As children, we trust implicitly that our parents will always know what to do. Then we grow up and realise that they don't have all the answers. And yet we still struggle to accept that our parents begin to rely on us more than we do them. For many people, a decline in their parents' health and independence comes as a shock and raises a host of issues they'd never even considered. Most of these are financial.
Devika Singh*, a media professional and one of five adult children, says people often fail to ask their parents if they're doing okay financially.
"Usually parents help their children [financially] out for years, and then they're left in a pickle when they hit retirement. These conversations have to be had early on, so that as a family, you can make sure that your parents will be well-positioned financially and emotionally," she says.
Singh's parents recently entered retirement and their five children have had to absorb the financial impact of this. She says the reality is that living costs in SA are high. "Groceries aren't affordable; neither is medical aid. And there is a host of other expenses that a retirement annuity or pension could never cater for. I honestly do not know how the poor majority in South Africa manage; we're privileged to be able to afford to contribute to expenses," she says.
The financial burden of caring for an older parent can be a huge stress, particularly when it comes to healthcare.
Zulaigha Ismail, a Johannesburg-based engineer, says many people fail to realise how expensive medical aid is, when it is not paid for by an employer. Her parents were not professionals and they had always relied on state healthcare.
"My father had kidney failure and he had a heart problem. The state hospitals took amazing care of him but he was told that if his kidneys deteriorated to a stage where he needed dialysis he wouldn't be a candidate. I tried to get him medical aid but because of his pre-existing conditions it was more expensive than normal — a simple hospital plan in 2008 cost about R2 500 to R3 000, depending on the medical aid scheme. I couldn't afford it," she says.
Nicolette Louw's father, a former police officer on a government medical aid scheme, was more fortunate. His medical aid scheme footed almost the entire the R1-million bill from a three-month stay in an intensive care unit after his lungs collapsed and he was diagnosed with motor neuron disease. His hospital plan later paid for hospice care and two years of in home nursing care.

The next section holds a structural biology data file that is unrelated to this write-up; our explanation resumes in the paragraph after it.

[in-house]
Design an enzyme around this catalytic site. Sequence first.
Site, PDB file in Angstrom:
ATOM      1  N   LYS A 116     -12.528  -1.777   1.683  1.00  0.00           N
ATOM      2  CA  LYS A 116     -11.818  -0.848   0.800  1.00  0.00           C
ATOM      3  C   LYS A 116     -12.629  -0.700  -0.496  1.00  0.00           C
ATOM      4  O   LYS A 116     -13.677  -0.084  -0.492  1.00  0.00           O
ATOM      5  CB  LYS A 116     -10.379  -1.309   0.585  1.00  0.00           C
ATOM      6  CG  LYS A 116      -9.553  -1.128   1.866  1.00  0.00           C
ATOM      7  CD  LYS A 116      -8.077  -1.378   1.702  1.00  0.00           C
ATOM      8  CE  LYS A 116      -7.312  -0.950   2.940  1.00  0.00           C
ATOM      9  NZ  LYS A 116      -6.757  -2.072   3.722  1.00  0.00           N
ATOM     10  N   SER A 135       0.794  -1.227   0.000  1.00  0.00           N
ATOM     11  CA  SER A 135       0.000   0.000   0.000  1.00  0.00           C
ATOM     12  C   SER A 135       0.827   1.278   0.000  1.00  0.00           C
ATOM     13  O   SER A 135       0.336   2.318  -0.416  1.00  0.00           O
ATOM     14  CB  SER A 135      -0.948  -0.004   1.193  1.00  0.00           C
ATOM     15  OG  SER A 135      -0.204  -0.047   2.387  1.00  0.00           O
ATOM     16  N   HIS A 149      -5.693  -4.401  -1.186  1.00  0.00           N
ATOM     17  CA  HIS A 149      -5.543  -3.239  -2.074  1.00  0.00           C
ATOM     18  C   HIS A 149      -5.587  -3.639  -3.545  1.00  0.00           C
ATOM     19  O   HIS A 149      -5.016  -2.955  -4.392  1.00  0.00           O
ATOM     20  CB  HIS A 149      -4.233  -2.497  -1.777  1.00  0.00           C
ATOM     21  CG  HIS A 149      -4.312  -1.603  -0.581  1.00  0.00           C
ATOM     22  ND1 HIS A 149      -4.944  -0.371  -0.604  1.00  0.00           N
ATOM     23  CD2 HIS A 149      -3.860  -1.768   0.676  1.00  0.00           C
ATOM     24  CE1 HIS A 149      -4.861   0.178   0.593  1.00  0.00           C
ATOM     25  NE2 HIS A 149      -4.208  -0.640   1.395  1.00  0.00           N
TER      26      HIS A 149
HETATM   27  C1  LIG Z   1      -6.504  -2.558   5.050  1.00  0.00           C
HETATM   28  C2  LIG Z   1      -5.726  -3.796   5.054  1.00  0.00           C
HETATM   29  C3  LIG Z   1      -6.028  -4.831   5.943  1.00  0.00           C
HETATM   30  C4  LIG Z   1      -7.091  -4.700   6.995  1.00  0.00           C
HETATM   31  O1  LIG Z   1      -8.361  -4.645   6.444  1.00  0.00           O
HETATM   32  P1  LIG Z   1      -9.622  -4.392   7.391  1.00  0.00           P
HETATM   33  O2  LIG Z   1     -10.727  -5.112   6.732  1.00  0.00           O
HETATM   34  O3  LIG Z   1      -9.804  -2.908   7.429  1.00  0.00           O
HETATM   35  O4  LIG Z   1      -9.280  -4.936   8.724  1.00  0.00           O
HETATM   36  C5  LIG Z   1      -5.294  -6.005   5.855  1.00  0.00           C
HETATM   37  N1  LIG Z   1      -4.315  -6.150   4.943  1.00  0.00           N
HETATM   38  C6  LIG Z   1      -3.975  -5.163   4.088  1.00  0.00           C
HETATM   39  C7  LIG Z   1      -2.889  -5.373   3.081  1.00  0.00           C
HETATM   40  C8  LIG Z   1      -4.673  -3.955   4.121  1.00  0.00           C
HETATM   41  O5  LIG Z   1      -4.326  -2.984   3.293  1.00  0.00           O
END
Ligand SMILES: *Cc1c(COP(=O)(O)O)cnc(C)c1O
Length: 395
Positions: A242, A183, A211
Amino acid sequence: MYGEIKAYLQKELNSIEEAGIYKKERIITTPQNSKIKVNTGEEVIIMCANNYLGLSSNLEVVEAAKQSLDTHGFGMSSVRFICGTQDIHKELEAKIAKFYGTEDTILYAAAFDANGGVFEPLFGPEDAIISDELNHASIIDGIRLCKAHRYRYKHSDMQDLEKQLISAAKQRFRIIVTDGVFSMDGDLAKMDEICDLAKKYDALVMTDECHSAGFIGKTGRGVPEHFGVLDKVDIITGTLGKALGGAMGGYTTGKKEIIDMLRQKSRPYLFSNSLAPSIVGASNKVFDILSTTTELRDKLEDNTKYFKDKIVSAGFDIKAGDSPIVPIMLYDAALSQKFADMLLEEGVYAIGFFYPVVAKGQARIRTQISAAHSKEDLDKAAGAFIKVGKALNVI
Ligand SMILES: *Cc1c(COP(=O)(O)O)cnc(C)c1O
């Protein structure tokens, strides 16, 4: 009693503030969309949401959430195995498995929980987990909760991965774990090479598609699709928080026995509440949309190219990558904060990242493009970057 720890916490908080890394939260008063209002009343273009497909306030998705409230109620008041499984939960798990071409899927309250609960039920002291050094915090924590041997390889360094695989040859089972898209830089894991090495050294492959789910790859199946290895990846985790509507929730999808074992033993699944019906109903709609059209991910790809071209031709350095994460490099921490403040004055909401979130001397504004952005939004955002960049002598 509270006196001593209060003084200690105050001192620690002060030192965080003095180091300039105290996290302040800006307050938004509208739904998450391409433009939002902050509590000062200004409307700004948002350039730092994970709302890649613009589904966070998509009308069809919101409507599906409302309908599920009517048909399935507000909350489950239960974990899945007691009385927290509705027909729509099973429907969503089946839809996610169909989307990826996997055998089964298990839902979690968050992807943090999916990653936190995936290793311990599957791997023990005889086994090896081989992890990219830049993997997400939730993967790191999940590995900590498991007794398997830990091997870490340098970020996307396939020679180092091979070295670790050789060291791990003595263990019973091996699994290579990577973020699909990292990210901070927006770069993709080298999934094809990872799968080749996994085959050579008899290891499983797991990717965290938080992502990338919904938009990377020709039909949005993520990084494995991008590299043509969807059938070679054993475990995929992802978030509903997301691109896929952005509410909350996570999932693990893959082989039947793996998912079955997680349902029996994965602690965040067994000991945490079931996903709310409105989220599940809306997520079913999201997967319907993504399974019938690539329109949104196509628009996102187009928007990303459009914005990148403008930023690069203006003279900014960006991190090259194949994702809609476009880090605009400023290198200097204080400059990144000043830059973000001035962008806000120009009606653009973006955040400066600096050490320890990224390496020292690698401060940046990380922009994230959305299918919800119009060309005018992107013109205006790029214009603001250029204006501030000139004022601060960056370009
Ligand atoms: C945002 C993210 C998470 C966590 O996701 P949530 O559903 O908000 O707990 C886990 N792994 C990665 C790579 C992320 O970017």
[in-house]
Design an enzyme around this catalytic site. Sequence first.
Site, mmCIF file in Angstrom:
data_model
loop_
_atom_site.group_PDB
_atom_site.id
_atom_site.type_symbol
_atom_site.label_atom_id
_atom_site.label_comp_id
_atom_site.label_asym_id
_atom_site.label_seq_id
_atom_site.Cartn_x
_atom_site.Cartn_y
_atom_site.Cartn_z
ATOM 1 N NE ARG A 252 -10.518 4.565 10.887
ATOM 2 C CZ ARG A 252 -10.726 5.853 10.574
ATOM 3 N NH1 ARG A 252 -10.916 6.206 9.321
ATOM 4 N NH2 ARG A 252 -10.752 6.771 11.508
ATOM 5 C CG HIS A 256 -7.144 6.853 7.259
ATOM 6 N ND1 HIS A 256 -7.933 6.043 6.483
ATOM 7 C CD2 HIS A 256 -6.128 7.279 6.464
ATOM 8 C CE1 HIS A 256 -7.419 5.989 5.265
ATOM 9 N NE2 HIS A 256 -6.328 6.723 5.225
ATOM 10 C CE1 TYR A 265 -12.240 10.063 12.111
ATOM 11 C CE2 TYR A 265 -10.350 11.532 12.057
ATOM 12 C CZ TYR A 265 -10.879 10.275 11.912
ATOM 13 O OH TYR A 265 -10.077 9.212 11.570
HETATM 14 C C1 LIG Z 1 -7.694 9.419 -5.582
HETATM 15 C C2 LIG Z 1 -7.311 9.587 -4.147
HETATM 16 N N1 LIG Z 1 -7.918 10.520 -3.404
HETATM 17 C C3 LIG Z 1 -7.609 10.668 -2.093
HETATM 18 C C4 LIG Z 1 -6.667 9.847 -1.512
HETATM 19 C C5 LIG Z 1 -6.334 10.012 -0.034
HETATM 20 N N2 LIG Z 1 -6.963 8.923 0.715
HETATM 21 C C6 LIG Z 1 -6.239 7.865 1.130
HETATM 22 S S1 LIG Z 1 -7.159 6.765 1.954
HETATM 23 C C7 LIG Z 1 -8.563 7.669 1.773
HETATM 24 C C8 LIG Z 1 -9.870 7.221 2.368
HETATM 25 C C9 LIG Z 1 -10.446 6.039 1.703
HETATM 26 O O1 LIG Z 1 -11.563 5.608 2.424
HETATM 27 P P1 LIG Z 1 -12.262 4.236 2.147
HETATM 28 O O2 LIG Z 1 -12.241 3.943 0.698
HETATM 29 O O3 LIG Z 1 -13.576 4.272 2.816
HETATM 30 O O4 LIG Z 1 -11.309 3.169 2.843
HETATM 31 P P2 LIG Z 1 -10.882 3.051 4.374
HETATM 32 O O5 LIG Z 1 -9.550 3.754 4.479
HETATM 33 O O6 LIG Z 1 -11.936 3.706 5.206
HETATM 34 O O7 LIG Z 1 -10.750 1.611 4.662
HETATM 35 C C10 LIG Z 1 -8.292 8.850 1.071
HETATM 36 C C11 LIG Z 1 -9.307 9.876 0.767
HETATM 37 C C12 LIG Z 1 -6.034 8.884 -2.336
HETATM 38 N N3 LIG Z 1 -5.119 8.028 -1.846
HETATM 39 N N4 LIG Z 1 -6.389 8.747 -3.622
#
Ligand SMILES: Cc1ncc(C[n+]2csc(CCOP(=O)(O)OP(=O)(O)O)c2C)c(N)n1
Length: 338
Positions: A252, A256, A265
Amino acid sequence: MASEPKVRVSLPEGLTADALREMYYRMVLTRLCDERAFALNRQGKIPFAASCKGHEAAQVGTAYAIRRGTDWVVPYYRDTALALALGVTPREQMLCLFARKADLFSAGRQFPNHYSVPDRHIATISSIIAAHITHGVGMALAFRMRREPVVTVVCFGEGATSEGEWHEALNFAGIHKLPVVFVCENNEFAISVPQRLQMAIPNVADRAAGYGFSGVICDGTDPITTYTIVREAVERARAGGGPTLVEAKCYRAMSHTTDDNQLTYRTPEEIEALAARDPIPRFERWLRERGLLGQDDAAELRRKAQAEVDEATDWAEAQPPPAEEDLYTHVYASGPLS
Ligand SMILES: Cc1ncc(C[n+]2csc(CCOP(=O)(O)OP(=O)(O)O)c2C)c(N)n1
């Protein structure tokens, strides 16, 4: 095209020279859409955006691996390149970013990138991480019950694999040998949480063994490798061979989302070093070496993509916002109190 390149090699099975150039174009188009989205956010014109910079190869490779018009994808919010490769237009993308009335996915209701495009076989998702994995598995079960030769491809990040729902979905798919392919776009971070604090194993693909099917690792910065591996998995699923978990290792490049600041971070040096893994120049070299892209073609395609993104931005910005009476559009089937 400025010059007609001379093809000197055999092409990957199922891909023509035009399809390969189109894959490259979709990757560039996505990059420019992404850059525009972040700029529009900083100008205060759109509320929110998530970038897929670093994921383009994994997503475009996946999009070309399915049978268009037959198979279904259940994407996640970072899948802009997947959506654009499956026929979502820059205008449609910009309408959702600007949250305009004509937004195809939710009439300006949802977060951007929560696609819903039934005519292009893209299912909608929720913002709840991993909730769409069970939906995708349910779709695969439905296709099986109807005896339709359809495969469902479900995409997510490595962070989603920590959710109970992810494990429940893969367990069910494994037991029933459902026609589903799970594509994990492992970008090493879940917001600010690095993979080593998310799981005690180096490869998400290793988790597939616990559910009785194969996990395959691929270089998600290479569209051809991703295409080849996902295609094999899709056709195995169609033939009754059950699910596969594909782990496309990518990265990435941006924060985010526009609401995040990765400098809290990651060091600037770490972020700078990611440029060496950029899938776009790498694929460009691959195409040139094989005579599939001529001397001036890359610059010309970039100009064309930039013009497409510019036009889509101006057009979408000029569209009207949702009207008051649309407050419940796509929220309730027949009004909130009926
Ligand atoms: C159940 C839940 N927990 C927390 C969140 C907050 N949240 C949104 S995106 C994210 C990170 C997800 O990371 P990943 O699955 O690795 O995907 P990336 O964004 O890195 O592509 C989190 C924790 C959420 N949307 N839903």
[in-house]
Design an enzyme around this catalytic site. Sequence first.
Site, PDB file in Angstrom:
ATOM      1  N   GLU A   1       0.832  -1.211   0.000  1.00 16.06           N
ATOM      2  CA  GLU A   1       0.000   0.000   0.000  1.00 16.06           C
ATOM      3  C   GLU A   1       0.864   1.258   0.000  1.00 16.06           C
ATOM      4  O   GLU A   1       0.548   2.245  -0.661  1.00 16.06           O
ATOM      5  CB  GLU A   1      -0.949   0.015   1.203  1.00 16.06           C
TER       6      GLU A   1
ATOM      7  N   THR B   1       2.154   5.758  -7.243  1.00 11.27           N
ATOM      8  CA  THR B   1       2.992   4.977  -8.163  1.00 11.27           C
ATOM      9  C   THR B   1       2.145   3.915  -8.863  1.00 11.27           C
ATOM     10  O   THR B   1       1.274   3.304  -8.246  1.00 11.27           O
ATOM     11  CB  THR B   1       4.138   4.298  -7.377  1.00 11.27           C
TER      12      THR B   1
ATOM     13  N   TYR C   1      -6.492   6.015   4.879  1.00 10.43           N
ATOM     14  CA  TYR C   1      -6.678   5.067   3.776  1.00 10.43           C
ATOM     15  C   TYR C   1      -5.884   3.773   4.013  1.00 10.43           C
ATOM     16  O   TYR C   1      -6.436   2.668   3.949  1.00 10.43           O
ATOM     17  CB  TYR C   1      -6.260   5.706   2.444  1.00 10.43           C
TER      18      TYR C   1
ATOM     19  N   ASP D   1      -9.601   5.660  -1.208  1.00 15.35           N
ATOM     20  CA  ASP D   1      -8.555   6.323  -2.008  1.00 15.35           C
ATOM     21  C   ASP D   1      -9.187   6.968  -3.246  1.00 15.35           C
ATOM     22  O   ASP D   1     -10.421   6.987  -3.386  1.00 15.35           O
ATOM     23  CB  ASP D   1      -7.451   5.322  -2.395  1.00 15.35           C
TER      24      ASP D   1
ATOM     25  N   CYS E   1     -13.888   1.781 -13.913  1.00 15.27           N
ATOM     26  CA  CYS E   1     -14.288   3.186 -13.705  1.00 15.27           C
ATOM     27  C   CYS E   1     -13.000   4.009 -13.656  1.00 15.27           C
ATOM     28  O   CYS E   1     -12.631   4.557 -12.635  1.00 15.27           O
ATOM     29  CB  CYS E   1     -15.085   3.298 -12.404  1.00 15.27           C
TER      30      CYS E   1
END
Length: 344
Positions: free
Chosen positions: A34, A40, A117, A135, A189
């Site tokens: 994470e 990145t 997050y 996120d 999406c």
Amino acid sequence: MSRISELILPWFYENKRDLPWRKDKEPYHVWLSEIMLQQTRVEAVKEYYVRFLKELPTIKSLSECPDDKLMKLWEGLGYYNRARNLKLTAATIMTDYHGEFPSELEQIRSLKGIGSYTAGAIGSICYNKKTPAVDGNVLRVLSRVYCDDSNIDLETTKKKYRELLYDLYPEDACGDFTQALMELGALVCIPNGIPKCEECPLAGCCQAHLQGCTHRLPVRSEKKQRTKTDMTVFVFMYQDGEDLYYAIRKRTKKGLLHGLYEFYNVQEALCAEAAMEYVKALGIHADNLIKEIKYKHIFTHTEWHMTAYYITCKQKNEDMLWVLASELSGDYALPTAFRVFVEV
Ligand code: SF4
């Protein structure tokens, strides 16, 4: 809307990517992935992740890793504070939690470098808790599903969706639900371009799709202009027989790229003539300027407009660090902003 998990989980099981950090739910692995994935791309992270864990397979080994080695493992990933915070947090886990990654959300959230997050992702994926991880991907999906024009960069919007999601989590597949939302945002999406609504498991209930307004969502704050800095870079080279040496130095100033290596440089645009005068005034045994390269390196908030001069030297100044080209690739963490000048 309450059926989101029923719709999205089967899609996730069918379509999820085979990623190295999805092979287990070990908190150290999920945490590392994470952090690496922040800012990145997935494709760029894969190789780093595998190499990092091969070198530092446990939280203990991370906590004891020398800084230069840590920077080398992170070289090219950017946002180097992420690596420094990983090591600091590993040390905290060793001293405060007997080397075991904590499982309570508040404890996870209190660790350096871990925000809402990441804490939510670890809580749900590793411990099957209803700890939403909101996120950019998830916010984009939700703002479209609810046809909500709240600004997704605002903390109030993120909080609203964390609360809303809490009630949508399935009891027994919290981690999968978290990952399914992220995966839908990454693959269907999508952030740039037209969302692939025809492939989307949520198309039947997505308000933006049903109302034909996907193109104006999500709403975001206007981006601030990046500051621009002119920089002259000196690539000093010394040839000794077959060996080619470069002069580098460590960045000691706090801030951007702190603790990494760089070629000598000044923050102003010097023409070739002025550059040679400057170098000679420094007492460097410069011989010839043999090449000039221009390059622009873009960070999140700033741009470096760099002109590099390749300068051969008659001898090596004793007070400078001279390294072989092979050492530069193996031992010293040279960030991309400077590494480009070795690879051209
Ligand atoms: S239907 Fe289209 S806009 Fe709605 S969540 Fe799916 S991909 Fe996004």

Louw strongly advises that people fork out extra for medical aid while their parents are in good health. "Even if there is no illness just yet, it's always good to invest in a decent medical aid," says Louw. "People should always know exactly what they're paying for when it comes to medical aid, and what is covered and what is not covered."
At the same time, it's important to recognise that you may not always be able to care for your parents yourself, particularly as nuclear families become smaller, communities are fractured and dual-income families become the norm.
Michelle Boiley has been trying to convince her parents, aged 73 and 74, to move into a retirement village since earlier this year. Her parents, however, are resisting the idea, she says.
It's a concern for Boiley, a Pretoria-based bookkeeper. Her parents live in Port Elizabeth (PE), where her mother still works to pay the bills. Her father suffers from emphysema and his movements are restricted.
"The reality is they're getting older, they're frailer, and they can't always do the things they want to do," she says.
Boiley believes moving into a retirement village with a frail care unit would be cheaper for them than maintaining their home and would also provide her parents with the benefit of 24/7 care.
She's toyed with the idea of moving to PE but says this wouldn't resolve the issue; both she and her mother would still have to work, and her father would still be left alone all day.
"He's on oxygen 24/7, and when my mum's at work, if something happens to him..." she says, trailing off.
You have to think about what's coming. Make a plan.
"You have to think about what's coming," she says. "Make a plan."
Ultimately, maintaining a healthy relationship based on trust, respect and dignity with your aging parents is paramount. "The important thing is to ensure that they're socially integrated and socially engaged," says Karen Borochowitz, founder of Dementia SA.
There are certain practical issues that you need to stay on top of. As people age, their ability to handle their administrative affairs effectively can diminish.
Borochowitz suggests setting up a file to keep all your parents important documents in one place. "Keep a copy of their ID book and a set of their house keys and car keys," she says.
She also encourages adult children of ageing parents to find out who their parents doctors are — or, if they attended a hospital or clinic, what their medical file number is — and to find out about any medical conditions they might have or medications they might be taking.
But these steps, she says, are not meant for any other reason than to assist in case of emergency.
"Older people are very sensitive. Their lives are a lot about loss and grieving, but they can live the most unbelievably full lives," she says. "It's really about allowing them to be autonomous and independent, but to create a safety net for them."
You can call the national hotline for Dementia SA on 0860 636 679.
*Not her actual name.